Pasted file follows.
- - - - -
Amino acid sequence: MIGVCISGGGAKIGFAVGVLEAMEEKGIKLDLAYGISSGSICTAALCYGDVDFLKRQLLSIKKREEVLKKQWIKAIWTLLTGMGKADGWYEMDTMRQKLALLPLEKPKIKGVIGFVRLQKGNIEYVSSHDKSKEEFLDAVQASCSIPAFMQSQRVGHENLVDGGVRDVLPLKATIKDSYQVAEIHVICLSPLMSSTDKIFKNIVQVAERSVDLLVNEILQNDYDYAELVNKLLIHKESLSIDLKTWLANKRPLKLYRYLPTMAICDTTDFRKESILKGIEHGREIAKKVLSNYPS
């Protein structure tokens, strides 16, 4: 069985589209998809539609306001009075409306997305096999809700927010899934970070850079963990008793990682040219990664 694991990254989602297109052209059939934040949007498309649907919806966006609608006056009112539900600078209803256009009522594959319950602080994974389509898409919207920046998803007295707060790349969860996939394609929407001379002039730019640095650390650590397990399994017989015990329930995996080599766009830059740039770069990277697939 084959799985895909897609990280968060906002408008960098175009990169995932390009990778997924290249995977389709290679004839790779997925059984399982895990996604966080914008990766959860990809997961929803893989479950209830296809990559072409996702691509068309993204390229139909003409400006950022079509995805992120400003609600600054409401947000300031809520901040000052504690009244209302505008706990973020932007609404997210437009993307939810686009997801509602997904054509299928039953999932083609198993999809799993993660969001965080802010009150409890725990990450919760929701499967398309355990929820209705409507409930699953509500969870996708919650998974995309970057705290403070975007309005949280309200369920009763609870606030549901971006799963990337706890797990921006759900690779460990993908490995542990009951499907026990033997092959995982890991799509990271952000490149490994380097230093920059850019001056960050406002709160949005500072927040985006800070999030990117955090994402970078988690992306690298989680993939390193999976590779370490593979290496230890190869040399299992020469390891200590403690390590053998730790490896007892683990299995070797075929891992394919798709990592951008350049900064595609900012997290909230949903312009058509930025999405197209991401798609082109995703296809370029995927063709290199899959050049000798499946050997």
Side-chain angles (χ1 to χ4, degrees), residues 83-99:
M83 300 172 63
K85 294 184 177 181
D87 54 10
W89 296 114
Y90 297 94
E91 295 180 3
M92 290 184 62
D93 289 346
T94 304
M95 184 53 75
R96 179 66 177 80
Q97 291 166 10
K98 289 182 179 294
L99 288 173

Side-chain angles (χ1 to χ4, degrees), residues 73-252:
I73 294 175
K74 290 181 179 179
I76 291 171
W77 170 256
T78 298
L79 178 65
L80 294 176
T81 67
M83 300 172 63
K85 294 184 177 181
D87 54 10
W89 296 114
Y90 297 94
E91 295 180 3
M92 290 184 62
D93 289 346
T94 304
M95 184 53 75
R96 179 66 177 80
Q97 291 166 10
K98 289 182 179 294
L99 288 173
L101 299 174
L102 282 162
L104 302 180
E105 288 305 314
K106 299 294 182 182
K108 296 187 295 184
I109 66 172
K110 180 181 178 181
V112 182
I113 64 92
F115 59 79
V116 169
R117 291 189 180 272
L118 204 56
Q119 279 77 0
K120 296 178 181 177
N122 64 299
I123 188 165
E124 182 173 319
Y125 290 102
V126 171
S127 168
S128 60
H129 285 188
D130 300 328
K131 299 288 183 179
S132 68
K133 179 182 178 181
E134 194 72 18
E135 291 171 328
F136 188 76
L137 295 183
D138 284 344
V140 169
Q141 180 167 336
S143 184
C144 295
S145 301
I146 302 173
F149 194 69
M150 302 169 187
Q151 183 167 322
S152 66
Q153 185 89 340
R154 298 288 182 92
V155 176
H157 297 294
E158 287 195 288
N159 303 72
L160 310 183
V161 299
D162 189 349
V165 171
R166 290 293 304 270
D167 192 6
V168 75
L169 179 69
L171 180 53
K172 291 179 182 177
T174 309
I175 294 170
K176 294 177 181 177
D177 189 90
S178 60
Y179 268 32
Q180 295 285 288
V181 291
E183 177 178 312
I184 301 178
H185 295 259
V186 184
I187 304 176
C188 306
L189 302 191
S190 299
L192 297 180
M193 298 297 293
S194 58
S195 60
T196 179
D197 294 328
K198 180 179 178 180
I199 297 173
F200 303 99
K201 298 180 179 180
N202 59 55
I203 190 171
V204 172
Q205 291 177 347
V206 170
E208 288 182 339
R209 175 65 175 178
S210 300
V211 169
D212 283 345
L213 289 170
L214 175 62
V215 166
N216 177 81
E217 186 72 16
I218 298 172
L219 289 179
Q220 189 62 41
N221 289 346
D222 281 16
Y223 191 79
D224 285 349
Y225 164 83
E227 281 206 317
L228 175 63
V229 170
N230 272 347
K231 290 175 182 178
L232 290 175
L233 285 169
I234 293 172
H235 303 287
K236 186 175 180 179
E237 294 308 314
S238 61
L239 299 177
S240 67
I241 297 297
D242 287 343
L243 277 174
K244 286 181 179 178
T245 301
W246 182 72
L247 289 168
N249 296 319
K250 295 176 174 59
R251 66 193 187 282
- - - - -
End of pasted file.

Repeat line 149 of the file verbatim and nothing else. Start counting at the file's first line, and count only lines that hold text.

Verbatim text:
E227 281 206 317